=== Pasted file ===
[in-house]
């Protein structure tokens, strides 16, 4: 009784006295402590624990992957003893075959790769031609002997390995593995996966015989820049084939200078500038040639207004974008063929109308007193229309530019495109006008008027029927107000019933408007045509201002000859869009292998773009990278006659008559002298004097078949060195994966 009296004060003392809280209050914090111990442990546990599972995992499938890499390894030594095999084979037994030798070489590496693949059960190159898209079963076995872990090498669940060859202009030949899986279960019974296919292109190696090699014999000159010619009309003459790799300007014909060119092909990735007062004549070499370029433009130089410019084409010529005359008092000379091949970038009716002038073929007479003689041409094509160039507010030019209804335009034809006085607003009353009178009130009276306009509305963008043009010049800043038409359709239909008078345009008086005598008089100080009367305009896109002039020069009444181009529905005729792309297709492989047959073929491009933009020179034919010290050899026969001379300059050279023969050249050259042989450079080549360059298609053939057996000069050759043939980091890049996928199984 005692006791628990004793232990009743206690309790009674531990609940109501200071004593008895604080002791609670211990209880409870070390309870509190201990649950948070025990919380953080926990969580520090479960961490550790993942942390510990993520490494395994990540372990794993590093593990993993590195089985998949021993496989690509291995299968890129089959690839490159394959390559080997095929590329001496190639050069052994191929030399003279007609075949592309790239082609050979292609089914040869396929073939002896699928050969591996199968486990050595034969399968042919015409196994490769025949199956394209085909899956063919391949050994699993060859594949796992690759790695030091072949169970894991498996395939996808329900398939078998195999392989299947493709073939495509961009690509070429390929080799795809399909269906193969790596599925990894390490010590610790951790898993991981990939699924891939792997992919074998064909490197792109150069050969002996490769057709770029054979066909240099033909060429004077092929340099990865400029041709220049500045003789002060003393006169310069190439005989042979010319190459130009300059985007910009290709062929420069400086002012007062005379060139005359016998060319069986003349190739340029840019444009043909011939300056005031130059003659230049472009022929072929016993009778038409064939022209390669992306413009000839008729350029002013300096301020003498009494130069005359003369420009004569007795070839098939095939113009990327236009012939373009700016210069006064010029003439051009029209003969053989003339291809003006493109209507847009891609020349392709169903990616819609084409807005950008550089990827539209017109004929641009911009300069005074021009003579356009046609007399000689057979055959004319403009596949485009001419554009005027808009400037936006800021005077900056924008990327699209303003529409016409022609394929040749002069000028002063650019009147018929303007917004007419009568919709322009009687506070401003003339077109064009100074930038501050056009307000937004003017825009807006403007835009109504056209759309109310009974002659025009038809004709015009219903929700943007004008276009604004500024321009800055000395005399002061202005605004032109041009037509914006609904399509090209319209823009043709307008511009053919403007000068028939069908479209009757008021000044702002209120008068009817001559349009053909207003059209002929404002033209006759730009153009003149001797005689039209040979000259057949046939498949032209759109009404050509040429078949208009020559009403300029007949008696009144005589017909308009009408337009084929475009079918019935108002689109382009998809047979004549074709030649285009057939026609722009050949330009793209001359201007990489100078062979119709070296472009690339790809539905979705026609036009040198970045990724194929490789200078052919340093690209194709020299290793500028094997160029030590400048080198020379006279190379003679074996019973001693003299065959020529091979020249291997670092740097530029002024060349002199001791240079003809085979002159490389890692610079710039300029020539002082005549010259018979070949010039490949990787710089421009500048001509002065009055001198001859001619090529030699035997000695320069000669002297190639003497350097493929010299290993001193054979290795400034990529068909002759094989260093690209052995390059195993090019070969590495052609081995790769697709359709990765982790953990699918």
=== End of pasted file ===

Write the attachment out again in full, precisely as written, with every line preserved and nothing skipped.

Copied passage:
[in-house]
């Protein structure tokens, strides 16, 4: 009784006295402590624990992957003893075959790769031609002997390995593995996966015989820049084939200078500038040639207004974008063929109308007193229309530019495109006008008027029927107000019933408007045509201002000859869009292998773009990278006659008559002298004097078949060195994966 009296004060003392809280209050914090111990442990546990599972995992499938890499390894030594095999084979037994030798070489590496693949059960190159898209079963076995872990090498669940060859202009030949899986279960019974296919292109190696090699014999000159010619009309003459790799300007014909060119092909990735007062004549070499370029433009130089410019084409010529005359008092000379091949970038009716002038073929007479003689041409094509160039507010030019209804335009034809006085607003009353009178009130009276306009509305963008043009010049800043038409359709239909008078345009008086005598008089100080009367305009896109002039020069009444181009529905005729792309297709492989047959073929491009933009020179034919010290050899026969001379300059050279023969050249050259042989450079080549360059298609053939057996000069050759043939980091890049996928199984 005692006791628990004793232990009743206690309790009674531990609940109501200071004593008895604080002791609670211990209880409870070390309870509190201990649950948070025990919380953080926990969580520090479960961490550790993942942390510990993520490494395994990540372990794993590093593990993993590195089985998949021993496989690509291995299968890129089959690839490159394959390559080997095929590329001496190639050069052994191929030399003279007609075949592309790239082609050979292609089914040869396929073939002896699928050969591996199968486990050595034969399968042919015409196994490769025949199956394209085909899956063919391949050994699993060859594949796992690759790695030091072949169970894991498996395939996808329900398939078998195999392989299947493709073939495509961009690509070429390929080799795809399909269906193969790596599925990894390490010590610790951790898993991981990939699924891939792997992919074998064909490197792109150069050969002996490769057709770029054979066909240099033909060429004077092929340099990865400029041709220049500045003789002060003393006169310069190439005989042979010319190459130009300059985007910009290709062929420069400086002012007062005379060139005359016998060319069986003349190739340029840019444009043909011939300056005031130059003659230049472009022929072929016993009778038409064939022209390669992306413009000839008729350029002013300096301020003498009494130069005359003369420009004569007795070839098939095939113009990327236009012939373009700016210069006064010029003439051009029209003969053989003339291809003006493109209507847009891609020349392709169903990616819609084409807005950008550089990827539209017109004929641009911009300069005074021009003579356009046609007399000689057979055959004319403009596949485009001419554009005027808009400037936006800021005077900056924008990327699209303003529409016409022609394929040749002069000028002063650019009147018929303007917004007419009568919709322009009687506070401003003339077109064009100074930038501050056009307000937004003017825009807006403007835009109504056209759309109310009974002659025009038809004709015009219903929700943007004008276009604004500024321009800055000395005399002061202005605004032109041009037509914006609904399509090209319209823009043709307008511009053919403007000068028939069908479209009757008021000044702002209120008068009817001559349009053909207003059209002929404002033209006759730009153009003149001797005689039209040979000259057949046939498949032209759109009404050509040429078949208009020559009403300029007949008696009144005589017909308009009408337009084929475009079918019935108002689109382009998809047979004549074709030649285009057939026609722009050949330009793209001359201007990489100078062979119709070296472009690339790809539905979705026609036009040198970045990724194929490789200078052919340093690209194709020299290793500028094997160029030590400048080198020379006279190379003679074996019973001693003299065959020529091979020249291997670092740097530029002024060349002199001791240079003809085979002159490389890692610079710039300029020539002082005549010259018979070949010039490949990787710089421009500048001509002065009055001198001859001619090529030699035997000695320069000669002297190639003497350097493929010299290993001193054979290795400034990529068909002759094989260093690209052995390059195993090019070969590495052609081995790769697709359709990765982790953990699918």